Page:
Development of nanotechnology-based drug delivery and imaging system to the white adipose tissue vasculature using Wistar Rat Model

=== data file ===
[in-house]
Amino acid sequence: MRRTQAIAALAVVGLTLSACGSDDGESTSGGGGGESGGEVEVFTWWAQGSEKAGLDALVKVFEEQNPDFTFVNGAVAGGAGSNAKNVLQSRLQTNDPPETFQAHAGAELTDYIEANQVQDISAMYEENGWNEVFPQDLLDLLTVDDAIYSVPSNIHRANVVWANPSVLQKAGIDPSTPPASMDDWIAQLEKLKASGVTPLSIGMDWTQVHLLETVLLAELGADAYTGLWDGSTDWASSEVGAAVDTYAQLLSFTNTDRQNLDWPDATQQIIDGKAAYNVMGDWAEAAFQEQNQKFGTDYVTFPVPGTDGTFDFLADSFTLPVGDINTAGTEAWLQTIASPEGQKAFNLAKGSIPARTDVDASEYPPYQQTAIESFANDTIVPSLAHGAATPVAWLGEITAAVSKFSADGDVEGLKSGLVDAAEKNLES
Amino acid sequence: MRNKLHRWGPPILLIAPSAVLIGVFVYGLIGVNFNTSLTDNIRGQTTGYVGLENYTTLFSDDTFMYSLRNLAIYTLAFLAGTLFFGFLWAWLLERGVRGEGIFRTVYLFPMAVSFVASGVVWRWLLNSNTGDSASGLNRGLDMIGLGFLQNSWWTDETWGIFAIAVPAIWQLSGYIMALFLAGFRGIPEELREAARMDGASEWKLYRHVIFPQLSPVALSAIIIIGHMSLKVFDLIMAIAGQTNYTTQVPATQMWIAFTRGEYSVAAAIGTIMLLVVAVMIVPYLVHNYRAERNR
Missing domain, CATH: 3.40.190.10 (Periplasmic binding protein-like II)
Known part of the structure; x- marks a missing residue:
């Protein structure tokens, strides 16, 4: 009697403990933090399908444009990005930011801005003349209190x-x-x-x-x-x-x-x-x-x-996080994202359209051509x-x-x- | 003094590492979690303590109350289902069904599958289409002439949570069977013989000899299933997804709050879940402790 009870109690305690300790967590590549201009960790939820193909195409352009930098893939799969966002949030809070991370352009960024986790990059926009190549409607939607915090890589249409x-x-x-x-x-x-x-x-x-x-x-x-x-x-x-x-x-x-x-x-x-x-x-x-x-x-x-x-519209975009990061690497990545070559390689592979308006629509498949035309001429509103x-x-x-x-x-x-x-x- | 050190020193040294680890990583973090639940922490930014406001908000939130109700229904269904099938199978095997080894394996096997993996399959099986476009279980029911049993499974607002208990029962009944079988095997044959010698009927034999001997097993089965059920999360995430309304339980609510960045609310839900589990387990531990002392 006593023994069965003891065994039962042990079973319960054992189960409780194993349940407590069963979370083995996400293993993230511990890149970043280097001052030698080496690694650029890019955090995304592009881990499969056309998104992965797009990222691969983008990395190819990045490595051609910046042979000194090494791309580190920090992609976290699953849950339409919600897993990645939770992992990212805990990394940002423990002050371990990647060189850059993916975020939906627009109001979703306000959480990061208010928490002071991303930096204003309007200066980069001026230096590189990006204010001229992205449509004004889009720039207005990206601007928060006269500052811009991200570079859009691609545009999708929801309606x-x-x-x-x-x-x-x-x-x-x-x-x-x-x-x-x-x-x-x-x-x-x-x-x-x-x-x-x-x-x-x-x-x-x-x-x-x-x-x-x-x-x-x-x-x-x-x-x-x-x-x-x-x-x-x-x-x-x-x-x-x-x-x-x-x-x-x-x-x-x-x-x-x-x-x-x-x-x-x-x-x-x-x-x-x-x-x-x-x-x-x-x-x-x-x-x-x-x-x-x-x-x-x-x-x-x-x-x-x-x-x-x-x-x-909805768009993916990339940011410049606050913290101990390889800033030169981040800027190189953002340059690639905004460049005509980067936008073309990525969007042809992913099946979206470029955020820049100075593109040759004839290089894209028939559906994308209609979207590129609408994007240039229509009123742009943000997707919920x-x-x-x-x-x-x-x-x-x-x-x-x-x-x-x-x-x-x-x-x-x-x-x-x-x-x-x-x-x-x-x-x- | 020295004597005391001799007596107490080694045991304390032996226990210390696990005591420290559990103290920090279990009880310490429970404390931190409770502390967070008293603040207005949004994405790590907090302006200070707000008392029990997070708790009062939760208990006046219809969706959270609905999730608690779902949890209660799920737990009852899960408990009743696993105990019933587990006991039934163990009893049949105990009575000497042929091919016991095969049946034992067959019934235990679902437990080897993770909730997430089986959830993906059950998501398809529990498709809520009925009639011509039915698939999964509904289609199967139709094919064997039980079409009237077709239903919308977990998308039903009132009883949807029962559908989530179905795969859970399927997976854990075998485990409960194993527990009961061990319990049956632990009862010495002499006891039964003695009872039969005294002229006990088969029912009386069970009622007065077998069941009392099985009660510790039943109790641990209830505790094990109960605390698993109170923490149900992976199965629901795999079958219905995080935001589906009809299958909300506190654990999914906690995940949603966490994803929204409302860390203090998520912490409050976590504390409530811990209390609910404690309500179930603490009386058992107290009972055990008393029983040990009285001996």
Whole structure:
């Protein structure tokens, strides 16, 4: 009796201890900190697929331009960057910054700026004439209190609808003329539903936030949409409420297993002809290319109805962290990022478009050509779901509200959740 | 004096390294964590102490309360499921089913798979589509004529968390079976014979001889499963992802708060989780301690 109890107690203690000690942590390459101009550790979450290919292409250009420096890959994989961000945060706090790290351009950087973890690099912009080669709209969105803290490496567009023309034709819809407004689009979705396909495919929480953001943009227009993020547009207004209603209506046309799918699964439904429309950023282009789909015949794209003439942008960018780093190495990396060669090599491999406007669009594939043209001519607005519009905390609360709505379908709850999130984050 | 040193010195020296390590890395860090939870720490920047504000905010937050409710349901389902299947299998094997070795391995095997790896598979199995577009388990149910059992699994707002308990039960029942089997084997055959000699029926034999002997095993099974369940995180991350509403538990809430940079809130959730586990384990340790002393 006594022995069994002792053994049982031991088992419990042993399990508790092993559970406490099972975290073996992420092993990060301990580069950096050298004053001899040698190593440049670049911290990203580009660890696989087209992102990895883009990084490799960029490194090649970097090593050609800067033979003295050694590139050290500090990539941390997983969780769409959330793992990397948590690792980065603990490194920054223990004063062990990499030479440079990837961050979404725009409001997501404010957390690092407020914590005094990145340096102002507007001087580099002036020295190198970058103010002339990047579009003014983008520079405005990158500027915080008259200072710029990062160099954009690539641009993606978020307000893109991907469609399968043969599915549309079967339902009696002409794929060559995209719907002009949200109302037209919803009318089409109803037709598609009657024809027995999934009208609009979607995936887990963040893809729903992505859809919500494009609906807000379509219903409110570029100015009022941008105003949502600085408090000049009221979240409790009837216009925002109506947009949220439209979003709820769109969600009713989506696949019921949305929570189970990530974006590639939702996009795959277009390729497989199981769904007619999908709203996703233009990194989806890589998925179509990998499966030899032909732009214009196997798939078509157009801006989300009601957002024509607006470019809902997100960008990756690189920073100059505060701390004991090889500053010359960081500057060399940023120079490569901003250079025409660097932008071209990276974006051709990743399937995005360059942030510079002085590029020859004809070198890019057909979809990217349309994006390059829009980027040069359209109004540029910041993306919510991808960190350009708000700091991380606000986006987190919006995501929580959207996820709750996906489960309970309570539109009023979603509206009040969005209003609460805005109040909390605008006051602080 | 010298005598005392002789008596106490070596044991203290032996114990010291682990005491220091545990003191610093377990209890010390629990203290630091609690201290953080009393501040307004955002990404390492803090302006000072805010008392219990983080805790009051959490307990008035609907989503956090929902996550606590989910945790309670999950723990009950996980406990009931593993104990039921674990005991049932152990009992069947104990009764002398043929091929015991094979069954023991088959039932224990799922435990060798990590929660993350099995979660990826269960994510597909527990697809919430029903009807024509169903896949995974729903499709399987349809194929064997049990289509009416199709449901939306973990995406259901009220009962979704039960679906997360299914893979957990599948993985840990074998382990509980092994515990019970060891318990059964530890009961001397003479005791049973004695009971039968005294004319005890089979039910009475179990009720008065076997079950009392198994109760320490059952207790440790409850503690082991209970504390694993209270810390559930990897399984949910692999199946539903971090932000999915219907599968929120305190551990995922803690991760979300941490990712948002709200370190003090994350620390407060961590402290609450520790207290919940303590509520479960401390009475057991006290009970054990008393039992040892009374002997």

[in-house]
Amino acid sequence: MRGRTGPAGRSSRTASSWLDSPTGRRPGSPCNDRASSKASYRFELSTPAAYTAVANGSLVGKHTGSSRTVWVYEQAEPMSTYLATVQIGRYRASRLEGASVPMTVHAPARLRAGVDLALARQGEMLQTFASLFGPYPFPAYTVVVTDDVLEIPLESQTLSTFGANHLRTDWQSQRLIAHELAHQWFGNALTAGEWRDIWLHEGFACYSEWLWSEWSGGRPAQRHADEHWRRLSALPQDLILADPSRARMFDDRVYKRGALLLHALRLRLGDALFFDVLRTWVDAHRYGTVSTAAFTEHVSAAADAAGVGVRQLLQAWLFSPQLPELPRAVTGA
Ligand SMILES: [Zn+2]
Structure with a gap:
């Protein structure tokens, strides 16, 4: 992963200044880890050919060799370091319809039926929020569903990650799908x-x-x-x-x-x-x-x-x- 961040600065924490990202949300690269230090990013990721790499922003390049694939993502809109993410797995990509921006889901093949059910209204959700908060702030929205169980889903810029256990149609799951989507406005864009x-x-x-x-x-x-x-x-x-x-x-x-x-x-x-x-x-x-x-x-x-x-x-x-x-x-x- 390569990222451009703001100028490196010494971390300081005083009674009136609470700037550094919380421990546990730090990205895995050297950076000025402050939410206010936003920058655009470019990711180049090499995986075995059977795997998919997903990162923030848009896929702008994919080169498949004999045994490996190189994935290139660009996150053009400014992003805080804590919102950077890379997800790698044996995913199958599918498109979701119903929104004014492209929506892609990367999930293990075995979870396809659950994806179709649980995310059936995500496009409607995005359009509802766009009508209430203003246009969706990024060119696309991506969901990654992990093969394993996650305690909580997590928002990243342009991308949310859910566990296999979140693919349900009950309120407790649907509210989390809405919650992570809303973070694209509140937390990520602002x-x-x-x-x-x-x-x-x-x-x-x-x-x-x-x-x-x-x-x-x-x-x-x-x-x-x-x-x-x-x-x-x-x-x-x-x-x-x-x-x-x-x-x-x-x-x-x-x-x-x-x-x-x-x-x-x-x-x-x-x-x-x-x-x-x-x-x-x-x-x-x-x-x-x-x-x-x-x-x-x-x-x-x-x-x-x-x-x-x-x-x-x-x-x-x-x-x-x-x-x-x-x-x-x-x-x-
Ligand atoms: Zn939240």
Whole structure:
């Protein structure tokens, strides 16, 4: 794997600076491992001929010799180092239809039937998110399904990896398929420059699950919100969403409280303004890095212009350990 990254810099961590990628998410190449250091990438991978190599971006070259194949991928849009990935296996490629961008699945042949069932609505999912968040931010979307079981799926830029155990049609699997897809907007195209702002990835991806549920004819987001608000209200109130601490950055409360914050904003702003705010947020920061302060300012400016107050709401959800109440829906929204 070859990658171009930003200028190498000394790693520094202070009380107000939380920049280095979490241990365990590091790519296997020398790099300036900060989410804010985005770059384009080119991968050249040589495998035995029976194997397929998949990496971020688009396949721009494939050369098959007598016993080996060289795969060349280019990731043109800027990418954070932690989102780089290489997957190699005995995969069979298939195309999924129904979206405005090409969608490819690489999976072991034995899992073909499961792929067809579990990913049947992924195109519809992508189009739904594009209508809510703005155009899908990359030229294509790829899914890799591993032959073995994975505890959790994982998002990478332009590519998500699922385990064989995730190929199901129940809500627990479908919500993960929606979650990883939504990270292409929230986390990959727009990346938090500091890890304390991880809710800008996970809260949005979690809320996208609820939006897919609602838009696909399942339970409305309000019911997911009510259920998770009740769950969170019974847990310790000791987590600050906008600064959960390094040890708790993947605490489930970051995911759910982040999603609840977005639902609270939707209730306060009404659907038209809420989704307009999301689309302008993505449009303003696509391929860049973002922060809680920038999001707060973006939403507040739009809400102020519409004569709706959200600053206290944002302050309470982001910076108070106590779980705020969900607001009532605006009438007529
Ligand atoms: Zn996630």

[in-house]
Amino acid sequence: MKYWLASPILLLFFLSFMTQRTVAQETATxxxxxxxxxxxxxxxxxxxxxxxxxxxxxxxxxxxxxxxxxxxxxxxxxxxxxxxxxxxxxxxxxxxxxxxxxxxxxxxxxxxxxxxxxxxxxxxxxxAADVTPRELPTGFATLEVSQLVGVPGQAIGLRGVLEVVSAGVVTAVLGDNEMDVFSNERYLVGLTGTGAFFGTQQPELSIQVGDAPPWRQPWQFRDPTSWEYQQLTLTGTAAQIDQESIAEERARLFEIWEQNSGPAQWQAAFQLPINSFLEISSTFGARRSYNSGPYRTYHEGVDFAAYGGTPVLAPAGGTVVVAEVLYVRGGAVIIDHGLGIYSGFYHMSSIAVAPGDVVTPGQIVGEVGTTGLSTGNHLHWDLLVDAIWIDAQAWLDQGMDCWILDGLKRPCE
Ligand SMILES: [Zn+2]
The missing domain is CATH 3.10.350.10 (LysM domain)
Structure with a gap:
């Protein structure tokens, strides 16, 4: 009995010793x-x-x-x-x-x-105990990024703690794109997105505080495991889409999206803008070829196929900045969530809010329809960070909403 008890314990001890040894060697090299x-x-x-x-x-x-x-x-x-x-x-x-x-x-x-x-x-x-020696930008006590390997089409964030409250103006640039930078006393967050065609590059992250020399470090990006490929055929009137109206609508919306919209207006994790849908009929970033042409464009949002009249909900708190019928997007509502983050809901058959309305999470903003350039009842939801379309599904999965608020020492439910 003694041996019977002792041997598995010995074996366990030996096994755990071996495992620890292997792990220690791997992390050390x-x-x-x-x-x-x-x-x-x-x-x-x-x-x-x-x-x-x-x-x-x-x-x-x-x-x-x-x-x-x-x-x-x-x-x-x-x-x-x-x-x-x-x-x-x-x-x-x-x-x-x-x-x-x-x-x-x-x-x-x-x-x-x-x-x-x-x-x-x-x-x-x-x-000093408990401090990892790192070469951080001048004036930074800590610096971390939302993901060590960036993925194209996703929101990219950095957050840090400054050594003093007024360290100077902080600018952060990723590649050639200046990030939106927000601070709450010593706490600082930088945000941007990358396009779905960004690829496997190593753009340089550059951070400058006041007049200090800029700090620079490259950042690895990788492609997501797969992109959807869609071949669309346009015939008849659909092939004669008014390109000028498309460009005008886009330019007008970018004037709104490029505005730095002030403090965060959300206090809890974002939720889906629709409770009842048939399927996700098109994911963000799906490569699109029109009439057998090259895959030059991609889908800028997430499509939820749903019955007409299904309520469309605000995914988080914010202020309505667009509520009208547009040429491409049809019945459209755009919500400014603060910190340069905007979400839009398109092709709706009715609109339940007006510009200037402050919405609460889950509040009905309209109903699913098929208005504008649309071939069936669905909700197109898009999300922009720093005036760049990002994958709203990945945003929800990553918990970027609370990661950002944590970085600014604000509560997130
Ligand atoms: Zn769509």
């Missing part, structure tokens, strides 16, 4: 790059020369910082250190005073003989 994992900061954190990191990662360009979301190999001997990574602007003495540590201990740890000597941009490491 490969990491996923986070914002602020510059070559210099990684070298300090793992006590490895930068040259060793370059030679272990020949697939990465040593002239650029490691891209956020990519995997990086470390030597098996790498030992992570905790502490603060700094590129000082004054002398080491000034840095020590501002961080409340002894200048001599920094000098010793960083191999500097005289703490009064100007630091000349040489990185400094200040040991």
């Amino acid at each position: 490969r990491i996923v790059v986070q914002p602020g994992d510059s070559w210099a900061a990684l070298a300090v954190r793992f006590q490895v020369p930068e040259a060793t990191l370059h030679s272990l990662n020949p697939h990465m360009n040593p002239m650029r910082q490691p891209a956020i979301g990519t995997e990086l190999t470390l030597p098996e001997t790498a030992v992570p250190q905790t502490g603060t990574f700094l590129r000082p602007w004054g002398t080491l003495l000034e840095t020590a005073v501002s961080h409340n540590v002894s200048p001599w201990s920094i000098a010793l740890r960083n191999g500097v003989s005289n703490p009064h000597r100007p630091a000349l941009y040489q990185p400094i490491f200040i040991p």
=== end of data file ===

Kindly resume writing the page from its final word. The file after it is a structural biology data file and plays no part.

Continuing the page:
Obesity is a complex metabolic disease of excessive fat accumulation. It is a worldwide epidemic affecting billions of people and its pharmacological management is hampered by drug toxicity and undesirable side effects. Therefore, a need still exists for the development of safe medication for treatment of obesity. Nanotechnology involves the use of small particles at atomic and molecular scale. It has application in medical diagnostics, drug delivery and molecular imaging. Various nanoparticles (NPs) functionalized with different biomolecules have been successfully used in many therapeutic and research applications due to their versatility, ease of chemical synthesis, low toxicity and unique properties. Examples of NPs used in this study are Gold nanoparticles (GNPs) and Quantum dots (QDs). GNPs and QDs are extensively used as drug delivery, labelling and imaging tools in biomedical research. Nanotechnology offers a new potential useful avenue for solving the problem of toxicity of anti-obesity drugs. This could be achieved through targeted drug delivery. In this study, rats were fed a high fed diet (HFD) to induce obesity. The streptavidin conjugated GNPs and QDs were functionalized with biotinylated adipose-homingpeptide (AHP) and/or anti-obesity drug (Gallic acid). Functionalization was characterized using agarose gel electrophoresis, UV-vis spectroscopy and transmission electron microscopy. The binding-specificity and targeting ability of AHP was evaluated in vitro and in vivo. The apoptotic effect of AHP functionalized-drug loaded GNPs (AHP-GA-GNPs) was tested in vitro using APOPercentage TM and Caspase-3 activation assays. The in vitro data indicated that the binding was specific to prohibitin (PHB) expressing cells (MCF-7 and Caco-2), and that the binding was temperature dependent. PHB was confirmed as a target for AHP after overlaying AHP-FITC and anti-prohibitin antibody staining. Cellular uptake was detected on the cells treated with AHP-functionalized NPs as compared to unfunctionalized NPs. The GA and AHP-GA-GNPs reduced cellular viability and induced apoptosis through activation of Caspase-3. The Ex-vivo studies using primary endothelial cells (ECs) isolated from the WAT of lean and obese Wistar rats showed that the binding of AHP was receptor mediated, and specific to receptors differentially expressed in ECs from obese WAT. The in vivo studies showed that, treatment of obese rats with AHP-functionalized NPs resulted in targeted delivery of the NPs to the WAT as compared to those treated with unfunctionalized NPs. Qualitative analysis using fluorescence microscopy and IVIS Luminar XR, live-imaging system showed that the unfunctionalized NPs accumulated mostly in the organs of the reticuloendothelial system, namely: liver, spleen, lungs and kidneys. In contrast, AHP-functionalized NPs accumulated mostly in the WATs as compared to the rest of the organs of the obese rats. Uptake and binding of the NPs to the tissues was quantitatively confirmed by the inductive coupled plasma-optical emission spectroscopy (ICP-OES). In conclusion, this study reports the 1) successful functionalization of GNPs and QDs with AHP, 2) use of AHP-functionalized GNPs and QDs as delivery and imaging agents to the WAT, and 3) potential use of AHP-functionalized drug-loaded GNPs in the treatment of obesity.